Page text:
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Jamal Numan
Geomolg Geoportal for Spatial Information
Ramallah, West Bank, Palestine
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AdamZiegler1
Esri Contributor

Hi Jamal - I agree that the reconcile and post process can be confusing. This process is about identifying differences between the parent and child versions. It uses the states tree to determine these conflicts, resolves them in choice of either the edit or target features, and then presents you with all of the differences so that you can make the final call on which feature is correct. Sometimes that may be a combination of both versions.

This help article does a good job of explaining the process in detail. It is in the ArcGIS Pro help; the concepts apply but some of the tool interfaces may differ slightly from ArcMap.

Reconcile and post edits to a version—Geodatabases | ArcGIS for Desktop 

Hope this helps,

-Adam Z

JamalNUMAN
Esteemed Contributor

Thank you very much Adam for the help.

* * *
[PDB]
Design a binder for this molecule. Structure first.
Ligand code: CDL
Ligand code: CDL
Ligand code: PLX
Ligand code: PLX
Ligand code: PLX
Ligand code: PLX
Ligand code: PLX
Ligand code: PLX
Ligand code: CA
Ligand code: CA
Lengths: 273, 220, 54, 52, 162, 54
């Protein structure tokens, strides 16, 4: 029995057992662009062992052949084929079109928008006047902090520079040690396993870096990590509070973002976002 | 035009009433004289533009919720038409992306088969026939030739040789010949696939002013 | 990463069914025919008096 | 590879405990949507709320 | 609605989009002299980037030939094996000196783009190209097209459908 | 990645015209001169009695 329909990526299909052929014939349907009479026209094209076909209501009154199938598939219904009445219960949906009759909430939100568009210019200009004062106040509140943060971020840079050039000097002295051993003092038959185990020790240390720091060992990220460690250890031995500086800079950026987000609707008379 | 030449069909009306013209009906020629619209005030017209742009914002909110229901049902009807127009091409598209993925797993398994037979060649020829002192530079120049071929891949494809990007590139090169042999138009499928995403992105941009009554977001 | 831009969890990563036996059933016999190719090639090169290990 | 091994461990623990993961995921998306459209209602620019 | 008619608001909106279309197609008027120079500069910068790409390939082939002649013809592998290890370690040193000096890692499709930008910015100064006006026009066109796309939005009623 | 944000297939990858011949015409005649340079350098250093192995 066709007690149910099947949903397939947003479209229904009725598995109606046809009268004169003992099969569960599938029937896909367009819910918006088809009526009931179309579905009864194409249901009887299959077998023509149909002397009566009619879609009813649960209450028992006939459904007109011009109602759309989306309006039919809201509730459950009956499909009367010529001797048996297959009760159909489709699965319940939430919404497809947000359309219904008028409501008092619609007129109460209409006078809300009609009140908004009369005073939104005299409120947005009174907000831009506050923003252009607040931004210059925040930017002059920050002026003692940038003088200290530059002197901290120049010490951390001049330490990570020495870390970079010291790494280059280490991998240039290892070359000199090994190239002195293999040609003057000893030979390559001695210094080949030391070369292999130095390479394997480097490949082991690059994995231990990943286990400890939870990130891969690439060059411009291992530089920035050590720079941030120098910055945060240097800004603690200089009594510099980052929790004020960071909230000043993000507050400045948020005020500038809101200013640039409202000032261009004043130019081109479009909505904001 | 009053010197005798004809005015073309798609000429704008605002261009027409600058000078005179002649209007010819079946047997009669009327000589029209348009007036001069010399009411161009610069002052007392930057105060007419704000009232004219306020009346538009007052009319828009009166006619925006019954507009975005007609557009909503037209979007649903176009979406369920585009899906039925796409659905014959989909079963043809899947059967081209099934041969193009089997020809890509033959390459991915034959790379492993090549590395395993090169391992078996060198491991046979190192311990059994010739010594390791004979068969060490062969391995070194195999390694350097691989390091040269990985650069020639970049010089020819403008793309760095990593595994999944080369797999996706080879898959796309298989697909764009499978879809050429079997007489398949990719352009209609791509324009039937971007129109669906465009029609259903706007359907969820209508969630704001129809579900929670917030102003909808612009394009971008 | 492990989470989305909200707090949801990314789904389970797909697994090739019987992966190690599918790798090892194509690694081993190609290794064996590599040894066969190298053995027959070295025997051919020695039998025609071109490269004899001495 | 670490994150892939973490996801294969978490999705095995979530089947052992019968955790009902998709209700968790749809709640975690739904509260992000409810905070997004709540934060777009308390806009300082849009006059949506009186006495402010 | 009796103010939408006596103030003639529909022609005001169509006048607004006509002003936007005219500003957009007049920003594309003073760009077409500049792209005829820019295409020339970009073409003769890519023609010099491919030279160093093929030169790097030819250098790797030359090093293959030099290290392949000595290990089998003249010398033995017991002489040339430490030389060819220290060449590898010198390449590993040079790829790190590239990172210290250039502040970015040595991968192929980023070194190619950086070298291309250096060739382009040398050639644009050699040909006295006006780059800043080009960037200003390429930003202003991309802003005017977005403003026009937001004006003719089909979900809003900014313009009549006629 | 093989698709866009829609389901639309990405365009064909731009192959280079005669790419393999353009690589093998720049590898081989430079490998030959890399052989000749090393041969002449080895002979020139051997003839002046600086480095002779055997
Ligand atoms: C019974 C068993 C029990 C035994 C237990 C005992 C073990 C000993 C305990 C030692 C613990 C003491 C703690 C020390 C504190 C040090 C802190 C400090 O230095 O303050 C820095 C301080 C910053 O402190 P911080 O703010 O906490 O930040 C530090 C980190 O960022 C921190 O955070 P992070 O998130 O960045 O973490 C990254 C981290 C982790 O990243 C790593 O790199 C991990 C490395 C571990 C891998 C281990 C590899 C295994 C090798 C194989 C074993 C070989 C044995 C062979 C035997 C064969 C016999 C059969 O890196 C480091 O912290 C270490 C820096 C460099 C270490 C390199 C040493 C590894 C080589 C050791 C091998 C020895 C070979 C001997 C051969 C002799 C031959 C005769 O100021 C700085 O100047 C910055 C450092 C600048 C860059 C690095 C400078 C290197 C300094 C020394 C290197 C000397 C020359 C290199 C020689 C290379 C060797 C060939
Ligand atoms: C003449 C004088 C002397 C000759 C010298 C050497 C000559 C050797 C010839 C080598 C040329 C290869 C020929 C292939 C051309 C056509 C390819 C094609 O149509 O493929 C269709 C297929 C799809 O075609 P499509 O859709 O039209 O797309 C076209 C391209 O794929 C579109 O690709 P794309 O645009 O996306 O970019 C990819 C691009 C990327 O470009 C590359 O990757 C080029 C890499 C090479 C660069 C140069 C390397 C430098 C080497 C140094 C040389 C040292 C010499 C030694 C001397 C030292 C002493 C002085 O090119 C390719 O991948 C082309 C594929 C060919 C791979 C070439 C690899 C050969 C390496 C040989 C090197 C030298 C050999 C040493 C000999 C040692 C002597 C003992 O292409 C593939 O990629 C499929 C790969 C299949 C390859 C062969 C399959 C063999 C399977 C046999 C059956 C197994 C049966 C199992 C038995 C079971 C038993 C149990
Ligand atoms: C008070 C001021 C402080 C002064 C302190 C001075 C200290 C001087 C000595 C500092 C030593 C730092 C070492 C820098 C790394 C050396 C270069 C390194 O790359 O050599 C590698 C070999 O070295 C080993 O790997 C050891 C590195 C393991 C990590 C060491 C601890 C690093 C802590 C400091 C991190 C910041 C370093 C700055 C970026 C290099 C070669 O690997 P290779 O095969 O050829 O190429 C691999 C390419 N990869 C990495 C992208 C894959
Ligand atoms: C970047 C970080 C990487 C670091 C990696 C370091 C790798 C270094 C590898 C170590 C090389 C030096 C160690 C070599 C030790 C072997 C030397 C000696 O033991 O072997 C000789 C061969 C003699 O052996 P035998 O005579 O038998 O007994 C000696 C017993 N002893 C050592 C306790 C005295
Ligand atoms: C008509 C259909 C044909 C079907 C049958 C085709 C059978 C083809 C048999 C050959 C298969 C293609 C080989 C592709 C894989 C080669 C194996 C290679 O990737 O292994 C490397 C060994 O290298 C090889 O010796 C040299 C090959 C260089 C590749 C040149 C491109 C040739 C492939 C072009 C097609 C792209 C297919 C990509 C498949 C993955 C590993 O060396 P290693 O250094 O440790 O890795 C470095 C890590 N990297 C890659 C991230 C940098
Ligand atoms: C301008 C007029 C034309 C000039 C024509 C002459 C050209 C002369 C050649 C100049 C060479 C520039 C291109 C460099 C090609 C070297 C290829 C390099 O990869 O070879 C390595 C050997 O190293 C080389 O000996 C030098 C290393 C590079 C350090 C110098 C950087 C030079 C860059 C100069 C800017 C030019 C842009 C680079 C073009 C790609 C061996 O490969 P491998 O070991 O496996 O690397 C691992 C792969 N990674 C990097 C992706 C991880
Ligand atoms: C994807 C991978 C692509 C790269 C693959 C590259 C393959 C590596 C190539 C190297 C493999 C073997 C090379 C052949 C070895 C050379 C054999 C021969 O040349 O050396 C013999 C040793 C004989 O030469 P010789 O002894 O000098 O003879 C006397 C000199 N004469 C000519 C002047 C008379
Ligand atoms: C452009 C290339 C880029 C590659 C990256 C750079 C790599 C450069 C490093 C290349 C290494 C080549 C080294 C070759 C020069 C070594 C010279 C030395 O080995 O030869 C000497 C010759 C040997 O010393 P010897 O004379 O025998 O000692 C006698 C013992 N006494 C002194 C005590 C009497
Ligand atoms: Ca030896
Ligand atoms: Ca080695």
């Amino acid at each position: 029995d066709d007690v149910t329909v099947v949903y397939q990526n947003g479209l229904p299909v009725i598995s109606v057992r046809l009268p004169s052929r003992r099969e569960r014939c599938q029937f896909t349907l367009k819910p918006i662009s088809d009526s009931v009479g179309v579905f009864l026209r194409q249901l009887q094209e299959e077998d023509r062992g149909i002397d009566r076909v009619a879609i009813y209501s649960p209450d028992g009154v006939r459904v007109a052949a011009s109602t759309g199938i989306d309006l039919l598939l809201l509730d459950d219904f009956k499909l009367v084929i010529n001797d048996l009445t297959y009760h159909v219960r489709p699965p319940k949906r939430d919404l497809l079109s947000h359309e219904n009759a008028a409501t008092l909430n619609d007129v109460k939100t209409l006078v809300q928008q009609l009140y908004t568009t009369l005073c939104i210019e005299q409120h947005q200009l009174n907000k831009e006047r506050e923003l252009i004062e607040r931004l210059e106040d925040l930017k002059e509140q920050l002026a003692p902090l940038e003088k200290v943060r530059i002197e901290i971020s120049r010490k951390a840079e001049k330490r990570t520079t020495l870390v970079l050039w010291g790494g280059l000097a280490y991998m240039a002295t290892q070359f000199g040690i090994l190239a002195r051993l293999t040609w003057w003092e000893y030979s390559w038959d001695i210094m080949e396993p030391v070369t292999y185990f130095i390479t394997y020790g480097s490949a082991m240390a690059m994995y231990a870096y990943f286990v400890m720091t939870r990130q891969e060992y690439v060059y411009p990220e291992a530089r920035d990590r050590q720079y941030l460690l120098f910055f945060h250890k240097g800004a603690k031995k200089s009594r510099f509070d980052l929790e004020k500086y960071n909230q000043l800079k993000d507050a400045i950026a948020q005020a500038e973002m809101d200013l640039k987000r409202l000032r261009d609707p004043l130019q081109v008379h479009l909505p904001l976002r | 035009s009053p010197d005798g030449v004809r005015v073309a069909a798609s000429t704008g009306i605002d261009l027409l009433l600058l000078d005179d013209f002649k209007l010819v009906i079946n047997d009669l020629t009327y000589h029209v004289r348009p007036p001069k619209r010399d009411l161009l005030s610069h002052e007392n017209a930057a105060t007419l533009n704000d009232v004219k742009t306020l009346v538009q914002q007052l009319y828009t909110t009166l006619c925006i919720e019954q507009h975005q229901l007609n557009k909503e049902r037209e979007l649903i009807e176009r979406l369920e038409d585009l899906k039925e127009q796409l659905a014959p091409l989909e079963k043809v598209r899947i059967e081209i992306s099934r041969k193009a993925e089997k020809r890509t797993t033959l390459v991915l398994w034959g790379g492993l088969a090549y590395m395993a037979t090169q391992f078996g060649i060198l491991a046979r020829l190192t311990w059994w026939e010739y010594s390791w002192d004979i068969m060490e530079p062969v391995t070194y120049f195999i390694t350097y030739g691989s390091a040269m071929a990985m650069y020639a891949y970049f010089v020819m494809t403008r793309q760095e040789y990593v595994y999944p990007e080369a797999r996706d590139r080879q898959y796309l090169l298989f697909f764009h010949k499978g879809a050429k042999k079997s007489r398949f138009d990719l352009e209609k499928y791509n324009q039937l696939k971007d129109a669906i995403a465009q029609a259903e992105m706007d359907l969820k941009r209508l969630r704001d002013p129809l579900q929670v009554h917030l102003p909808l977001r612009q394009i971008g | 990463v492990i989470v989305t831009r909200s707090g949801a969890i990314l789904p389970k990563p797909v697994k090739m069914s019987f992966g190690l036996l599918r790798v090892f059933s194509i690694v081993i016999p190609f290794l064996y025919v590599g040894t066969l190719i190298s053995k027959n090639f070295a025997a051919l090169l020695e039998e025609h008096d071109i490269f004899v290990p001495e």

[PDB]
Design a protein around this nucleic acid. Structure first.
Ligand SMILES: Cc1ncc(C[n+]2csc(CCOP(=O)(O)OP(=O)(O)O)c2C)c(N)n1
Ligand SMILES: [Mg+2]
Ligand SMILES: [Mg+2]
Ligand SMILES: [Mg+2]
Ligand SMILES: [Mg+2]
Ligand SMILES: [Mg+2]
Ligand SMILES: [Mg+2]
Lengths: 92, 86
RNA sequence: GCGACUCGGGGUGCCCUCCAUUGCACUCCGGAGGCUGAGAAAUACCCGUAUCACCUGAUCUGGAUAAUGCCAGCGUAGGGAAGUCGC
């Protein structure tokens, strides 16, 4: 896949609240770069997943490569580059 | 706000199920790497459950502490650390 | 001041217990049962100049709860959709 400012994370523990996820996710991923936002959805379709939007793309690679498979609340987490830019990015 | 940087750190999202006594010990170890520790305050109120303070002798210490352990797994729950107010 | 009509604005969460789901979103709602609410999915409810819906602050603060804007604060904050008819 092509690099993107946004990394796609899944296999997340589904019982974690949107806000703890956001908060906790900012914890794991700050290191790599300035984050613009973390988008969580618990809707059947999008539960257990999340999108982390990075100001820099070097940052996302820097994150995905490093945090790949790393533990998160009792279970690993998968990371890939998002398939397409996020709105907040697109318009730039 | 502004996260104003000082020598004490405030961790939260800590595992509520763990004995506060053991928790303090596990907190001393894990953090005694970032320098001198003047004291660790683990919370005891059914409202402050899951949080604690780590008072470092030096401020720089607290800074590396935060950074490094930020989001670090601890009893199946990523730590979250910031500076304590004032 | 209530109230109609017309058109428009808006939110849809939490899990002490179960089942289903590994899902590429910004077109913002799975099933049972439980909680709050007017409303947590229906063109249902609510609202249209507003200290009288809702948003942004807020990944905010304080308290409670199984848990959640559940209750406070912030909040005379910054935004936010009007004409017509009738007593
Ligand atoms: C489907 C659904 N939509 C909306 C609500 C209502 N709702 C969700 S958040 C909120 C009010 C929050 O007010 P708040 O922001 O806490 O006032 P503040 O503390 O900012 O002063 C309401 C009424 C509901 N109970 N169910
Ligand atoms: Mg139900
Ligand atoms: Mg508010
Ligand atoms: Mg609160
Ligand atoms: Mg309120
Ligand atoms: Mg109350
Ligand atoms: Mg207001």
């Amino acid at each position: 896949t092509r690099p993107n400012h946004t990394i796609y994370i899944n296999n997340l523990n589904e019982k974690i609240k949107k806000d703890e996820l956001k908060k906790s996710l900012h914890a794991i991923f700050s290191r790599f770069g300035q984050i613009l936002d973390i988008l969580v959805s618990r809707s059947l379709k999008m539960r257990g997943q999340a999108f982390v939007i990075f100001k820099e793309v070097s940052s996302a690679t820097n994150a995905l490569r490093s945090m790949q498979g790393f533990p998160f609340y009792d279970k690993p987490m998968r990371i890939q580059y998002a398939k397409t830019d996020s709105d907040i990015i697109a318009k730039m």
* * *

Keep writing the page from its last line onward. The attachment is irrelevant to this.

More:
I would appreciate if you could provide an example where choosing “by object” and “by attribute” can have different impact.

 

Best

 

Jamal

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Jamal Numan
Geomolg Geoportal for Spatial Information
Ramallah, West Bank, Palestine
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Asrujit_SenGupta
MVP Regular Contributor

Please take a look at the links:

Reconciling a version—ArcGIS Help | ArcGIS for Desktop 

Specify how you want conflicts defined.

Define conflicts at this levelTo detect these cases

Row (By Object)

A second user edits the same row or feature, or topologically related features, as you did. The conflict occurs even if you edited different attributes. This is the default.

Column (By Attribute)

A second user edits the same attribute of a feature or table.

Options for defining a conflict